Have you had a super charged day of creating lately???Let me know!
Friday, 6 August 2010
I am back with a non-foody post, yihaa! Elf son insists having a red bathrobe. I managed to get one secondhand for him last Christmas. Unfortunately it had two draw-backs; It was advertised as being cotton, which it is not and it is made for bean poles. The overlap on the front is really not big enough and even on a bean pole it would open up with movement.
I also insist on cotton bathrobes as they are safer and in my mind nicer on the skin. I was given in my teens a fluffy looking fleece robe and it was the itchiest thing ever. After that I have only used toweling robes. If your child grows at the same rate as mine it is eyewatering exercise to buy something like a toweling robe. They come only in limited colours and are SO expensive. Ergo, I had to make it.
Luckily the local fabric store had terry toweling in red. It was not the cheapest project, but certainly cheaper than a shop bought one. Elf son was pleased. I noticed that I had made it slightly short, I had intended to have a longer length to allow for growth. The sleeves have this, so I might simply add some length when the time comes. (Yes, with a really unprofessional horizontal seam...). Sorry about the horrendous pictures taken with flash, so dull here today and I had no patience!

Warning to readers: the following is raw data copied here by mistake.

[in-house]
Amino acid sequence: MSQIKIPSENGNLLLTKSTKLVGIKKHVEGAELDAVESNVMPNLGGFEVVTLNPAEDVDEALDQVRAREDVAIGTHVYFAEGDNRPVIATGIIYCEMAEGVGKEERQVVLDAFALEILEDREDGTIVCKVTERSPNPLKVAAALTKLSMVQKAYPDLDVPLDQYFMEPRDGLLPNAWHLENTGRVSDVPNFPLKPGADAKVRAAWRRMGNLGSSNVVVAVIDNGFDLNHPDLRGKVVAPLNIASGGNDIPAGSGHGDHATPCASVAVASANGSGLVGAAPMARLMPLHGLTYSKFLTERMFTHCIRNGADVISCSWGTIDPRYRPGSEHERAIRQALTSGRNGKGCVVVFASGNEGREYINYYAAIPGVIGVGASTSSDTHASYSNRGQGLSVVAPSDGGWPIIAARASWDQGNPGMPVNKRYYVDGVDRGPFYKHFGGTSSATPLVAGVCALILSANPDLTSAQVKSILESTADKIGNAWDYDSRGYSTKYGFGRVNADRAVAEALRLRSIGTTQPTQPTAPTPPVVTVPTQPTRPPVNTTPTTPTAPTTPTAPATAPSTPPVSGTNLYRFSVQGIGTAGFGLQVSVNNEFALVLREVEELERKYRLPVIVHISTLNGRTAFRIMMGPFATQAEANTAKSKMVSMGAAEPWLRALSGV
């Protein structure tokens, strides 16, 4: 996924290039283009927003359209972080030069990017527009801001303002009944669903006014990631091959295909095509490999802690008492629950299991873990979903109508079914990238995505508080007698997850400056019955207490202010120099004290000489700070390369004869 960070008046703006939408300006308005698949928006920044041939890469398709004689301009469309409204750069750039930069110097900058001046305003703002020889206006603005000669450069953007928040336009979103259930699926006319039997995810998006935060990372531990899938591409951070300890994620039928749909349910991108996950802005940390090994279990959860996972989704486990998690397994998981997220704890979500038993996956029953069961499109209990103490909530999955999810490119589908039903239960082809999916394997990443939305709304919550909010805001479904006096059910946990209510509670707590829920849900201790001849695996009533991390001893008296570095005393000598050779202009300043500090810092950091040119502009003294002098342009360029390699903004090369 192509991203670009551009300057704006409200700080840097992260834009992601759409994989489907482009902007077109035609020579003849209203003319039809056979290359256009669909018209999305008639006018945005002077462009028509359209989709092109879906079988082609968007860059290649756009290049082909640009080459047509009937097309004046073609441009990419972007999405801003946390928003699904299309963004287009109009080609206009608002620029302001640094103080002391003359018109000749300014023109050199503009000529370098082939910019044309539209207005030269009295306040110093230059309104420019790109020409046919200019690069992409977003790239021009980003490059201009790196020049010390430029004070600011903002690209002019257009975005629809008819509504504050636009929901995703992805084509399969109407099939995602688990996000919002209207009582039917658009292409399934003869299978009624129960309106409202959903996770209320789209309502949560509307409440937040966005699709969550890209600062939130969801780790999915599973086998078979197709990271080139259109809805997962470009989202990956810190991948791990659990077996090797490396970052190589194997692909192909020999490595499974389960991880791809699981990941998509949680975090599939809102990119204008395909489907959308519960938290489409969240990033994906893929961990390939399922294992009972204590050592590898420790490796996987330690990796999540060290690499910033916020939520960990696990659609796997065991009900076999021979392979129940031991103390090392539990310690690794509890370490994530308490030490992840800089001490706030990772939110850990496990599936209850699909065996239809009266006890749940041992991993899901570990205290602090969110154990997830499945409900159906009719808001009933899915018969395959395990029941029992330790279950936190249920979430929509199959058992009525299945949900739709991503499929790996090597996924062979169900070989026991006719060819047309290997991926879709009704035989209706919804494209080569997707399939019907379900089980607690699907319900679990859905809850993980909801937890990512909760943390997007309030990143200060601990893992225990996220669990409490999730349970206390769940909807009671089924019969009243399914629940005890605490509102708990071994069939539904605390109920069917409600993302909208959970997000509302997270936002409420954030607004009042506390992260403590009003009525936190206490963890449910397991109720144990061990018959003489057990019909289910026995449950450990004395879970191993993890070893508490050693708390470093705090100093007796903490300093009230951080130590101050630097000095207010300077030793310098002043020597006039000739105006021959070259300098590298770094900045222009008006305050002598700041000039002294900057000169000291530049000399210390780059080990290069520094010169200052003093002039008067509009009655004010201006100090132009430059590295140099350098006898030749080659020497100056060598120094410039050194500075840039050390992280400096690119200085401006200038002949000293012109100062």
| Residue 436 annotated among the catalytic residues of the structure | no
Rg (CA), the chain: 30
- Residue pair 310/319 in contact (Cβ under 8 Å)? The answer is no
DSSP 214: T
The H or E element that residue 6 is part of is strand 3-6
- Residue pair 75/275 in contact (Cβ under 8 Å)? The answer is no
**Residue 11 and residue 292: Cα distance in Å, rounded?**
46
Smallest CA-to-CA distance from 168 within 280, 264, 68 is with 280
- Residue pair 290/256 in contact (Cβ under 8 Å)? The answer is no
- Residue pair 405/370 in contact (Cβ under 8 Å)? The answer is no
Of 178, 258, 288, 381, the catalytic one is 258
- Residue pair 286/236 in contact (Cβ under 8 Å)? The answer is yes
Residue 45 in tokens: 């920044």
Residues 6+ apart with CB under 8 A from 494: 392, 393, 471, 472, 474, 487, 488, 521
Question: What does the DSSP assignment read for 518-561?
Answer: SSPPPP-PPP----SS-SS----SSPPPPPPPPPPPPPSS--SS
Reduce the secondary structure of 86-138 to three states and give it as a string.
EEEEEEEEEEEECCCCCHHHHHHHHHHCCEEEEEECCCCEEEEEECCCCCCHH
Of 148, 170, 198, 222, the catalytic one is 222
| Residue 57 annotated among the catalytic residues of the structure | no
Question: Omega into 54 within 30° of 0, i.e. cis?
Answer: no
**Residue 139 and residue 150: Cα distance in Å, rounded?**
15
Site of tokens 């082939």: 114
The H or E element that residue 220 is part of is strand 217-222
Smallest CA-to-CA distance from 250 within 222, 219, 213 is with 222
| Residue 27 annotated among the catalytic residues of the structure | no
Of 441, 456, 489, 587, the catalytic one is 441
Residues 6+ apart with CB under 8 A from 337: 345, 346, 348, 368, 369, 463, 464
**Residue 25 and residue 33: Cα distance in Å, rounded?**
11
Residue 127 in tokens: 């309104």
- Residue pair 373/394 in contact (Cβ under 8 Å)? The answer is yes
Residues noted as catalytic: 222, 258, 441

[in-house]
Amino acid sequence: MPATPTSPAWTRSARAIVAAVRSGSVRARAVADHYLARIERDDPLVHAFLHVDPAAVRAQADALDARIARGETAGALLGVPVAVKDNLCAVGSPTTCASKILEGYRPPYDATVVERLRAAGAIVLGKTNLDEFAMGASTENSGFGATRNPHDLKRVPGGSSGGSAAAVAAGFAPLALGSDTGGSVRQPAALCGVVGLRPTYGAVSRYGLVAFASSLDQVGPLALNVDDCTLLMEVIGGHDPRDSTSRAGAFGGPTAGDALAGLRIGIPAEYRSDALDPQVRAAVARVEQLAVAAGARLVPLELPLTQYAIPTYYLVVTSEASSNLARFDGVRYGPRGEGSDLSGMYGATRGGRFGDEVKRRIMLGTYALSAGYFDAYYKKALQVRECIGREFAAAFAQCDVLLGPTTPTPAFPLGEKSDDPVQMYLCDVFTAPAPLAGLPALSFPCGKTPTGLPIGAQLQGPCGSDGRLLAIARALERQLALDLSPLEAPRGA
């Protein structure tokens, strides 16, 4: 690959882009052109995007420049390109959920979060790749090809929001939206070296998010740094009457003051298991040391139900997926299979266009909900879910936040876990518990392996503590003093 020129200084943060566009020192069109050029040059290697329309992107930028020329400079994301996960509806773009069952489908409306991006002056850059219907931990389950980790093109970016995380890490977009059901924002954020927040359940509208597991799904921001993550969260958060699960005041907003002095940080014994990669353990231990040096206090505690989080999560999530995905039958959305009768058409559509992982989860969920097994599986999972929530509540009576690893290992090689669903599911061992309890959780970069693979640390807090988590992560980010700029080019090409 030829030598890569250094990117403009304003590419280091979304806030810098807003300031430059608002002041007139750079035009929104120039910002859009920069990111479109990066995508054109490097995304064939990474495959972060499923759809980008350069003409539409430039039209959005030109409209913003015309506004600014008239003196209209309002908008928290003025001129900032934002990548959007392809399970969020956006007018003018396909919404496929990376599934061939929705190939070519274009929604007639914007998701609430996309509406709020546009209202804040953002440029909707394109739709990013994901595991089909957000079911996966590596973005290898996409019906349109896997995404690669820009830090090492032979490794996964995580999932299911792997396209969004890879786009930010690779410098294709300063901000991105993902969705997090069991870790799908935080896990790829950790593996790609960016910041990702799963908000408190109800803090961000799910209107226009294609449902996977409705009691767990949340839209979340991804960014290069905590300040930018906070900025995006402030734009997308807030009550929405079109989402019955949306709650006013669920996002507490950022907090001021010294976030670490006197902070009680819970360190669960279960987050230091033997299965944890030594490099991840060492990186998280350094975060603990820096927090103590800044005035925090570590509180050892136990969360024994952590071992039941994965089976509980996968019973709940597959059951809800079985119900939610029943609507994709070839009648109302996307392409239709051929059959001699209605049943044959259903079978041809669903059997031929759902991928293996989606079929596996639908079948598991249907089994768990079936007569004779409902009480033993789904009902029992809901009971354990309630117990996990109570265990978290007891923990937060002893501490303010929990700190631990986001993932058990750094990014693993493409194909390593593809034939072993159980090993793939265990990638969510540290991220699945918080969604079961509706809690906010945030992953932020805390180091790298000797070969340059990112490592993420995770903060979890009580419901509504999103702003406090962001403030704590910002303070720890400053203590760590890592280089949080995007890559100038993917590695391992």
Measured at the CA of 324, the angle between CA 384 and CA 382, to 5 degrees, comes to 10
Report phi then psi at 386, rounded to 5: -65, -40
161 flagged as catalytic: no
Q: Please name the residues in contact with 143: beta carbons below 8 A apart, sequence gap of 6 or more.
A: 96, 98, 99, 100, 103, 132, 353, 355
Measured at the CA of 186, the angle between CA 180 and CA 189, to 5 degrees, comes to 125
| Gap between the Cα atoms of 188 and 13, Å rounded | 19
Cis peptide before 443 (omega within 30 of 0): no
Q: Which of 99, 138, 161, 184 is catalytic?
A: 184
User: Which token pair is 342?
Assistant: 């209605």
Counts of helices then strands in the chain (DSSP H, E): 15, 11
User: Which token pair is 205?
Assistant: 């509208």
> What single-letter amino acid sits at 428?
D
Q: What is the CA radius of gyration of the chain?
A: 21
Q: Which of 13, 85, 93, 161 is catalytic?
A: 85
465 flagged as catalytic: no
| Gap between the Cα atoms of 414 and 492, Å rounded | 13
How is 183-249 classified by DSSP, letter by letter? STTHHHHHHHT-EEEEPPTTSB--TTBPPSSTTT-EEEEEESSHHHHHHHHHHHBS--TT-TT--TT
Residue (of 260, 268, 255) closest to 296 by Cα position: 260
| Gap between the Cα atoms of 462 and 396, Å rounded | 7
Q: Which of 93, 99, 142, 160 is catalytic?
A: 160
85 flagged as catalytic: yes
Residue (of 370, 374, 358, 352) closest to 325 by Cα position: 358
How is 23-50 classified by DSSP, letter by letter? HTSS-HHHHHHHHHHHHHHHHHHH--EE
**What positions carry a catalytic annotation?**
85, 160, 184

Thursday, 5 August 2010
This cake must be one of my all time favourites. It is lovely and tart and hits all the right buttons. If you have ever been offered a shop made lemon cake and thought that lemon cakes are not really to your taste, give this a try - this very yummy cake explodes with lemony freshness in your mouth.
A while a ago a friend was visiting and she appreciated the cake as much as we do. She asked us whether the cake keeps well. Sheepishly we admitted that we could not tell as this cake does not make it overnight in our house. This is the reason why it cannot be baked too often, we would look like Humpa Lumpas in no time at all.
I had this excellent idea though today as I was baking it; making it to cupcakes gives me possibility to freeze some of it and the portions are "pre-measured". (We really need all the help we can get to restrain ourselves around this cake).
The recipe came from the aforementioned friend F, but I have since changed it quite a bit and now I call it "Mama Elf's Lemon Explosion". My friend was texting me yesterday begging for the recipe, as she cannot find her original, so here it comes F...One more thing; this is really good cake and people who are wheat intolerant can have it as well. If the problem is almonds, you can get around this as well, just look at the notes in the end.